"Marcus, must you?" Cottia groans, pulling the blanket over her head. "Surely it will wait til the morning."
"It must be at midnight," Marcus says, reaching over her to kindle the lamp. In his pallet on the far side of the little roundhouse, Esca mutters something unkind in British and flings his arm over his eyes against the light. "And it will have to be midnight the day after tomorrow, and then two days after that as well." He has explained it once already, but she and Esca will still complain, even though Esca had helped the last two years, when Uncle Aquila's household had kept the ritual.
This is the first time it has been Marcus' responsibility, and he will freely admit to taking it quite seriously. He would not start off this new life they are building with broken traditions and ill omens. And, though he will not let himself dwell on it, it is in the back of his mind that his father, and all his father's men, had no proper rites in the wilds of Caledonia, save what Guern might have done in his own fashion.
He tugs at the corner of the blanket, exposing the top of Cottia's head. She smacks his hand and burrows obstinately underneath her pillow. "Go say your words and throw your beans, then," she mutters. "I am going back to sleep." Esca makes a noise suspiciously like a snort of laughter.
"It would be an ill omen for the woman of the house not to take part," Marcus coaxes. "Come, Cottia, it will take but a few minutes."
Cottia groans and puts the pillow aside, sitting up. Her hair is an unruly mess, and she thrusts it back from her face impatiently.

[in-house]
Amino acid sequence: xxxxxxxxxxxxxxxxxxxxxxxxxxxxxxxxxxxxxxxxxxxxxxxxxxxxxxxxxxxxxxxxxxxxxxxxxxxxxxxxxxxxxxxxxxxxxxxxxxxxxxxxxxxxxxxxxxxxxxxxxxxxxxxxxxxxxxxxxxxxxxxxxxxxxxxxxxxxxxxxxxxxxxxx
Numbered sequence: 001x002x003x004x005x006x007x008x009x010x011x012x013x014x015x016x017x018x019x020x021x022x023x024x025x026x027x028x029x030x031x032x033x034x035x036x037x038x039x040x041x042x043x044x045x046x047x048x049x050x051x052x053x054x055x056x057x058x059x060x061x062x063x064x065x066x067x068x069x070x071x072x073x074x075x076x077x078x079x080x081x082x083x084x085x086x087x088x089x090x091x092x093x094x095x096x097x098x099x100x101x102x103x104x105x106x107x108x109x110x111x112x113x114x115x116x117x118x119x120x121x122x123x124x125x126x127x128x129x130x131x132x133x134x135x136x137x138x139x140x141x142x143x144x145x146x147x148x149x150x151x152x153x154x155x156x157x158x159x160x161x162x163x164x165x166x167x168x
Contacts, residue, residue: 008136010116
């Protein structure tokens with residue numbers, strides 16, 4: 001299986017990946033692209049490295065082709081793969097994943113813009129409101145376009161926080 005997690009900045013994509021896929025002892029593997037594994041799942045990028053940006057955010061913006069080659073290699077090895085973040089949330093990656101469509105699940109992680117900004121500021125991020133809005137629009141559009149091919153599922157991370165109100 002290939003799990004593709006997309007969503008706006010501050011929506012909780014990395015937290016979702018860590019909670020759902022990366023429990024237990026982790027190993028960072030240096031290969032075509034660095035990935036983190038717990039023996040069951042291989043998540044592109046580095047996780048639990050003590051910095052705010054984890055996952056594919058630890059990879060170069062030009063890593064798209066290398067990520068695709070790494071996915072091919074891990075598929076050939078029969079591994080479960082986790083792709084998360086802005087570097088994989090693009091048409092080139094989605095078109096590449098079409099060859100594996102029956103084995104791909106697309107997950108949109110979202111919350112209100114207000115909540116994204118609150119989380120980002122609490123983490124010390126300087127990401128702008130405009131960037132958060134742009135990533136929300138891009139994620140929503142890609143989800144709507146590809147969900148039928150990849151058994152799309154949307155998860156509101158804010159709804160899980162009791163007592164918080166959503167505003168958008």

"Praise be to the Horned One that the ghosts of my and Esca's people do not need this kind of fuss," she grumbles. "Get up, Esca! If I am to be dragged from my bed at midnight to bang on pots, then you must be as well." Cub cracks one eye open as Marcus goes to scrounge through Cottia's storage baskets on the hearth, where he had put the sack of black beans bought specially for the ritual.
"I would swear I left them just here--"
"The black beans?" Cottia asks. "Do you mean that they were not for eating? I put them to soak for tomorrow's pottage." Marcus cannot help the woeful look of disappointment that creeps over his face before he sees her shoulders quaking with badly suppressed mirth. "Oh, Marcus, of course I did not. They are there, by your altar." Esca is wearing a suspiciously blank face and will not meet Marcus' eyes.
Marcus scowls at them both and goes to wash his hands and dedicate the offering, as Cottia pulls down two of her bronze pots from their hooks. "Do you be careful not to dent it!" Marcus hears her mutter under her breath to Esca.
"You remember the words to say?" Marcus asks.
"Of course!" Cottia says. She glances at Esca.
"Manes exite paterni," Esca supplies helpfully. Cottia raises an eyebrow at him, and Esca shrugs. "It is not my festival, do not ask me. That is just what they say."
Marcus decides that now is not the time to try to explain again, or they will never get the ritual finished. He holds a finger to his lips for silence and begins to scatter the beans over his left shoulder, walking round the perimeter of the cramped little roundhouse.
"Haec ego mitto; his redimo meque meosque fabis," Marcus says, thrice three times, careful to enunciate clearly and precisely. At his signal, Cottia and Esca loose their clamour, the bright noise of the clashing pots ringing over the low, uneven murmur of their incantation. Cub startles awake with a bark, his hackles rising. Thrice three times, and then the silence falls again, although it seems to Marcus that the echoes beat in his ears long after the actual sound has faded. Cub puts his head back down on his paws and goes instantly back to sleep.
Marcus washes his hands once more and says, "There, it is done for now. An auspicious beginning!" He is full of a quiet sense of satisfaction that comes from having carried out his duty to his household, though they had grumbled about it. That is all right. They have their own ways and rites, as he has his, and there are some ways that they are making anew together. There is room enough in this house for all of that.